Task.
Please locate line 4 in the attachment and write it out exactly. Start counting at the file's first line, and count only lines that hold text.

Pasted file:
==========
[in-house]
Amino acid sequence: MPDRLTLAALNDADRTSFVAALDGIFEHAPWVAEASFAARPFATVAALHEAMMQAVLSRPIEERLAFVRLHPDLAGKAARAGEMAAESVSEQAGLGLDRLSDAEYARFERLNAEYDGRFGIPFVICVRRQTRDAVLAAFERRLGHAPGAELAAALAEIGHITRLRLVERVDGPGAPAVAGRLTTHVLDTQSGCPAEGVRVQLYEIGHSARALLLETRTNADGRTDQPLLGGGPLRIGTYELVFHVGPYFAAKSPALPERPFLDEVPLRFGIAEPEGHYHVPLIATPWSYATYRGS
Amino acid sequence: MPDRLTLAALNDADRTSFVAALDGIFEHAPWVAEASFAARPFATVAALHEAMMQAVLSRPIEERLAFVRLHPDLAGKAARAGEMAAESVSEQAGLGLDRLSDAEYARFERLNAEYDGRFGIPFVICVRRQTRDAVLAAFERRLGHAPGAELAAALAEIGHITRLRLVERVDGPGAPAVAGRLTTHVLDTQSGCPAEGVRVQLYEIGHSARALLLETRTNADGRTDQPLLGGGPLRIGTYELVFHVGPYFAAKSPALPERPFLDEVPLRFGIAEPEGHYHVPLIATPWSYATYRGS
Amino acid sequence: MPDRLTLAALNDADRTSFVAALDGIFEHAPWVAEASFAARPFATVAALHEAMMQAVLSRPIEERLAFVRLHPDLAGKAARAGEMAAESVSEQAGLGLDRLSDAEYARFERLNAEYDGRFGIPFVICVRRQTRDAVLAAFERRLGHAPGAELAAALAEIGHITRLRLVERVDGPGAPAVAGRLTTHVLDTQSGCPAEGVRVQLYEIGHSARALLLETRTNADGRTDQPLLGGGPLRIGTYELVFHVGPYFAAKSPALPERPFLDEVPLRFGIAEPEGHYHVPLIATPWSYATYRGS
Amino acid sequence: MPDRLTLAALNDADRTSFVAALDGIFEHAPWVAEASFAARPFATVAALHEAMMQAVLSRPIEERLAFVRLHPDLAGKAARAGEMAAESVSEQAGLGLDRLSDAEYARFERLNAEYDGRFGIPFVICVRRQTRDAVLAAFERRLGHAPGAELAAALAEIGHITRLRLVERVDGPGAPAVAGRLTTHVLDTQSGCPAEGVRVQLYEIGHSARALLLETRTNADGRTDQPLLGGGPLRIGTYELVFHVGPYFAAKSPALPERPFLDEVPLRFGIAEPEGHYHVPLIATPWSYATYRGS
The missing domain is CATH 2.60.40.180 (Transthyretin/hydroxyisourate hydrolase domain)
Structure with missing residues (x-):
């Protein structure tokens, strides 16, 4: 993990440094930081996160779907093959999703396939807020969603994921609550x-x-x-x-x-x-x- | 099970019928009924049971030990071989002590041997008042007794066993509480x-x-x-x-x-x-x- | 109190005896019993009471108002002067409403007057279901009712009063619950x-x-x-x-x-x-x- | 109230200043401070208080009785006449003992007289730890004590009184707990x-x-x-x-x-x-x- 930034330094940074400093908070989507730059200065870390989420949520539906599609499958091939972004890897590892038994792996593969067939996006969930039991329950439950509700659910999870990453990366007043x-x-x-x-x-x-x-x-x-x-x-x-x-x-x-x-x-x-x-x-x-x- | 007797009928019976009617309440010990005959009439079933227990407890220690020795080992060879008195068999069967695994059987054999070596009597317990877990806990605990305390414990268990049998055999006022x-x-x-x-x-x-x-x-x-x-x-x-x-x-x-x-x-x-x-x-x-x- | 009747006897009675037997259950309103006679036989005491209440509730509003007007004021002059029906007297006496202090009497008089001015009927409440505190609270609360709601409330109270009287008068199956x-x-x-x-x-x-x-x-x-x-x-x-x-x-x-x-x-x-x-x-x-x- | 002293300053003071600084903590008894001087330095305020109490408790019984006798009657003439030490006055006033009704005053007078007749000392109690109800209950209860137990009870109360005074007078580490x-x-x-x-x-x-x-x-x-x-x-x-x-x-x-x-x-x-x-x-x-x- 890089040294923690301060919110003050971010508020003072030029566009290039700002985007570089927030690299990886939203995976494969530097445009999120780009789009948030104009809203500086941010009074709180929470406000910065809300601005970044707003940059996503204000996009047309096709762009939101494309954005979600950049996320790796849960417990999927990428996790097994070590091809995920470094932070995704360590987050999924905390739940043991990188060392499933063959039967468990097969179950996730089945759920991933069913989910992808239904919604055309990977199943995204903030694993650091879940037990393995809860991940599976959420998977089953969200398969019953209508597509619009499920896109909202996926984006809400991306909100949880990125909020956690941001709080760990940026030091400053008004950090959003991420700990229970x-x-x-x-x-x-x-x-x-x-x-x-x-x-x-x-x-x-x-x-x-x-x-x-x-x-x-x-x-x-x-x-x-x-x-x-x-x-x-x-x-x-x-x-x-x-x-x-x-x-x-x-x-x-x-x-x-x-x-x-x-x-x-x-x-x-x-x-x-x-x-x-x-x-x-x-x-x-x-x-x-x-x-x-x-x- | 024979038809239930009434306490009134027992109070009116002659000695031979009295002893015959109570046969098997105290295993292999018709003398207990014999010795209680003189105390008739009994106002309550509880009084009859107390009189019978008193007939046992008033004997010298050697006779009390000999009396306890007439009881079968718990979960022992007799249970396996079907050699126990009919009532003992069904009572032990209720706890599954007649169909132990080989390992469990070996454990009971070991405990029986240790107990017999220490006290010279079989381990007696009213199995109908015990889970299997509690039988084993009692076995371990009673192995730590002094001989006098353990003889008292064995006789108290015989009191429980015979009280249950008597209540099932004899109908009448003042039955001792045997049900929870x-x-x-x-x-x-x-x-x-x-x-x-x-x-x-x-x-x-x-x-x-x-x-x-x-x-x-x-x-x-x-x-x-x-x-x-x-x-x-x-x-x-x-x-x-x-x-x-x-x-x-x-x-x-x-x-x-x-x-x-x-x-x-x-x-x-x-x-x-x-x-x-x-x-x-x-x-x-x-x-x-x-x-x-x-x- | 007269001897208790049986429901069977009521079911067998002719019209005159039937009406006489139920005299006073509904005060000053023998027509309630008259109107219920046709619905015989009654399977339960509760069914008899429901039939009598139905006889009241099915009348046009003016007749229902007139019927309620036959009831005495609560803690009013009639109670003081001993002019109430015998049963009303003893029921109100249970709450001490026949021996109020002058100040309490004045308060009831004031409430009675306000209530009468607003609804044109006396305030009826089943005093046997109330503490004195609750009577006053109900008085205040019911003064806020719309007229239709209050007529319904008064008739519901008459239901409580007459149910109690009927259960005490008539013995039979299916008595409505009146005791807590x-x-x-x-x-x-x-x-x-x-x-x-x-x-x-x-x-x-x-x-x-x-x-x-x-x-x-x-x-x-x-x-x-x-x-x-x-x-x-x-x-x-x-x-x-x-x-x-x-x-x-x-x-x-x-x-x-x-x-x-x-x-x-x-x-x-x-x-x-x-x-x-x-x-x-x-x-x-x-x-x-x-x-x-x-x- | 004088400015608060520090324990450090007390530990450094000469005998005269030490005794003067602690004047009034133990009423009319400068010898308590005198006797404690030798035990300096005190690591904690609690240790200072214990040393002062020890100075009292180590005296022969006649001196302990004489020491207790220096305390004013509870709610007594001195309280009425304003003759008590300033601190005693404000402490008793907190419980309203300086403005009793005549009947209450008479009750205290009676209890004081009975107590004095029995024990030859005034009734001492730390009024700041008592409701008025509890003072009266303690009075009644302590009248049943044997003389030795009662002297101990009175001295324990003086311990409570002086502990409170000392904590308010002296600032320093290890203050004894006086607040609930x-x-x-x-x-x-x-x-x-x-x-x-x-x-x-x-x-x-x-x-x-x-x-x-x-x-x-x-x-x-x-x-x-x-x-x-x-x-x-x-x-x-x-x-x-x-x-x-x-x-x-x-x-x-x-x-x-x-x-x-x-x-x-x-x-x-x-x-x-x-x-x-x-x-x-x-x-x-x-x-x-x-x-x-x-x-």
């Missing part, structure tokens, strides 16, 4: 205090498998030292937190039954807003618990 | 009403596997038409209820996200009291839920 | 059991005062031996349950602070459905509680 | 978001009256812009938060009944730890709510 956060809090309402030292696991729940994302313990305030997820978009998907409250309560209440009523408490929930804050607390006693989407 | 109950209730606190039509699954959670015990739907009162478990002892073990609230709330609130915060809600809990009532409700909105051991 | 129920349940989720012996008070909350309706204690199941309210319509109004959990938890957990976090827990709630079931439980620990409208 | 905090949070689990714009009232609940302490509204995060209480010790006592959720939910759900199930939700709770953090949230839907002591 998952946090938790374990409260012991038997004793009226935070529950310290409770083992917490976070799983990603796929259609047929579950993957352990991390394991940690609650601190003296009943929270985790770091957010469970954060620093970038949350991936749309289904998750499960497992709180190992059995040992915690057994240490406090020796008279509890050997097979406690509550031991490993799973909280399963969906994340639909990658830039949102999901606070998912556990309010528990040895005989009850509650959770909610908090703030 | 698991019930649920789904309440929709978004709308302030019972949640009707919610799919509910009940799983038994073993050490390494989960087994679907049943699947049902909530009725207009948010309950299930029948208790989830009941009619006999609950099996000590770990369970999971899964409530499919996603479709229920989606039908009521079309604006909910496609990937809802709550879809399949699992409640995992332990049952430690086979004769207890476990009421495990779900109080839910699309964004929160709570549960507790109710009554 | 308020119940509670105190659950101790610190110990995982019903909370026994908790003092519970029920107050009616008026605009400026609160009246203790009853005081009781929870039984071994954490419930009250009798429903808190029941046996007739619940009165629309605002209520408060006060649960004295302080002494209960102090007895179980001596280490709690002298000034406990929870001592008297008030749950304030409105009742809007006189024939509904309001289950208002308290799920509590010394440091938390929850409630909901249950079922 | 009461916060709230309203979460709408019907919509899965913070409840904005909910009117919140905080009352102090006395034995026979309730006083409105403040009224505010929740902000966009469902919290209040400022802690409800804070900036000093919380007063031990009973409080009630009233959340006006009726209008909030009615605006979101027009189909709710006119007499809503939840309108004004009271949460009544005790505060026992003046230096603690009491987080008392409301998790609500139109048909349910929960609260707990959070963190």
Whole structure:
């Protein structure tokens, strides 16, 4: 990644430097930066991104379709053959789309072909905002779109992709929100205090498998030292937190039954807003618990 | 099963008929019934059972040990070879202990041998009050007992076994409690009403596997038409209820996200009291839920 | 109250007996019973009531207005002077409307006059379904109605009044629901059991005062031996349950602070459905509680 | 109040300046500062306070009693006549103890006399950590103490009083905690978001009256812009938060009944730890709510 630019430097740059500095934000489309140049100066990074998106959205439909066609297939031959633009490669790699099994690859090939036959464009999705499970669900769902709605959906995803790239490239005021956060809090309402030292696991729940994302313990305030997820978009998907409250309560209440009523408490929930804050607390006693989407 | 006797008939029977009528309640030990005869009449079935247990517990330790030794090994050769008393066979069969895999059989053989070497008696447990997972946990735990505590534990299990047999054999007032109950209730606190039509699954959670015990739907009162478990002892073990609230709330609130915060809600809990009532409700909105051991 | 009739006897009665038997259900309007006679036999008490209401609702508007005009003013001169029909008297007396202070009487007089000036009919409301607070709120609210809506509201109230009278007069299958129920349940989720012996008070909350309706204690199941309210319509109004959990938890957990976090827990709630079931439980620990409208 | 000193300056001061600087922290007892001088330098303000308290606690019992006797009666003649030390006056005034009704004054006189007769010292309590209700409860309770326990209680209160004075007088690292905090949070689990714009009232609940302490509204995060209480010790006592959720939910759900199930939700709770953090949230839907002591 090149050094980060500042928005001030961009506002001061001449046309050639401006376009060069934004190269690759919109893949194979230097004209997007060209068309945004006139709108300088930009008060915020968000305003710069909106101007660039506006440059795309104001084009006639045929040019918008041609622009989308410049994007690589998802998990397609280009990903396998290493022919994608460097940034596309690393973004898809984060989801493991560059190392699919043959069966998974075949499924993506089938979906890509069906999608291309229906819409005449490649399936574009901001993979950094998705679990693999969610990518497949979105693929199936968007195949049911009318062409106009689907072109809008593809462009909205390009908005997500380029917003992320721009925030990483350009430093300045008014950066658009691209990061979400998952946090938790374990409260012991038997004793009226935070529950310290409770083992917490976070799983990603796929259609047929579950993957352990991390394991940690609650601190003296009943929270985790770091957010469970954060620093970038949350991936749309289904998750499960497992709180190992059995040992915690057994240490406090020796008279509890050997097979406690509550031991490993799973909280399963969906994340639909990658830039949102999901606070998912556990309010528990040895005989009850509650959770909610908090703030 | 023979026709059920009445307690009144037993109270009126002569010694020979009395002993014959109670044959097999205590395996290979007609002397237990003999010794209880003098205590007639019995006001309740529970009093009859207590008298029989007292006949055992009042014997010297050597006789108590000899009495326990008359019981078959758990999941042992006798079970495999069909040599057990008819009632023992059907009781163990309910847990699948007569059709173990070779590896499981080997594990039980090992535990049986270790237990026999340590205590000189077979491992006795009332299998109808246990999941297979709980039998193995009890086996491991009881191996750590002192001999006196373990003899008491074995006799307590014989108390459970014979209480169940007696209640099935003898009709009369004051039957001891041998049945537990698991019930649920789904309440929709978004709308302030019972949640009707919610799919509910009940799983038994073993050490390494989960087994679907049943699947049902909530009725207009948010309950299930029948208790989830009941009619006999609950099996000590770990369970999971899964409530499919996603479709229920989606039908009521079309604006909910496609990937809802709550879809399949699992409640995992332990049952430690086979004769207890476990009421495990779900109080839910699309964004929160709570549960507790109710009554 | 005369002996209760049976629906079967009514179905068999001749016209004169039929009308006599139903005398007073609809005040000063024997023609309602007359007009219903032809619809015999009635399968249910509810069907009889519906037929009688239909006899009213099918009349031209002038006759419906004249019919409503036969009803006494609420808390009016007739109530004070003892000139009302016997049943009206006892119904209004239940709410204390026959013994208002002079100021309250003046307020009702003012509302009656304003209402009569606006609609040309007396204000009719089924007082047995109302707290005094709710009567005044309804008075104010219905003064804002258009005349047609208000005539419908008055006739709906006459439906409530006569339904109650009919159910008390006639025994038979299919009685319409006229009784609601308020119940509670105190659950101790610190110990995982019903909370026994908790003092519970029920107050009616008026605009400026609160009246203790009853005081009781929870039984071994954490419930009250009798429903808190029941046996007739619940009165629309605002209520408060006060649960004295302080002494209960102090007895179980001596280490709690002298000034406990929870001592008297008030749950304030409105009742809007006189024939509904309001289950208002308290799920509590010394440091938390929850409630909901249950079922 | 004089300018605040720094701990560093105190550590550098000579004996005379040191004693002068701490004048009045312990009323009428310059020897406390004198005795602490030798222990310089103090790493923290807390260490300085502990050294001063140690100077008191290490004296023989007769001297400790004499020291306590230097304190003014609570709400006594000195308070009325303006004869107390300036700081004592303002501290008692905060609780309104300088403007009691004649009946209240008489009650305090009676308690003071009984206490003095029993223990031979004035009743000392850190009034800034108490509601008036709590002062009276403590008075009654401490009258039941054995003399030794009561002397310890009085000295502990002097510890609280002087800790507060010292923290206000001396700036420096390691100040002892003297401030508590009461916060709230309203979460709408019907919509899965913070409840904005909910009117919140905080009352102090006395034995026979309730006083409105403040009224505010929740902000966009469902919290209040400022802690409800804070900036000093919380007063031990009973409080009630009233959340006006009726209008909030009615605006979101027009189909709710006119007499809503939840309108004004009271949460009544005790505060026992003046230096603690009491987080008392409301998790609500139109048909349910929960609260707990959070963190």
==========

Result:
Amino acid sequence: MPDRLTLAALNDADRTSFVAALDGIFEHAPWVAEASFAARPFATVAALHEAMMQAVLSRPIEERLAFVRLHPDLAGKAARAGEMAAESVSEQAGLGLDRLSDAEYARFERLNAEYDGRFGIPFVICVRRQTRDAVLAAFERRLGHAPGAELAAALAEIGHITRLRLVERVDGPGAPAVAGRLTTHVLDTQSGCPAEGVRVQLYEIGHSARALLLETRTNADGRTDQPLLGGGPLRIGTYELVFHVGPYFAAKSPALPERPFLDEVPLRFGIAEPEGHYHVPLIATPWSYATYRGS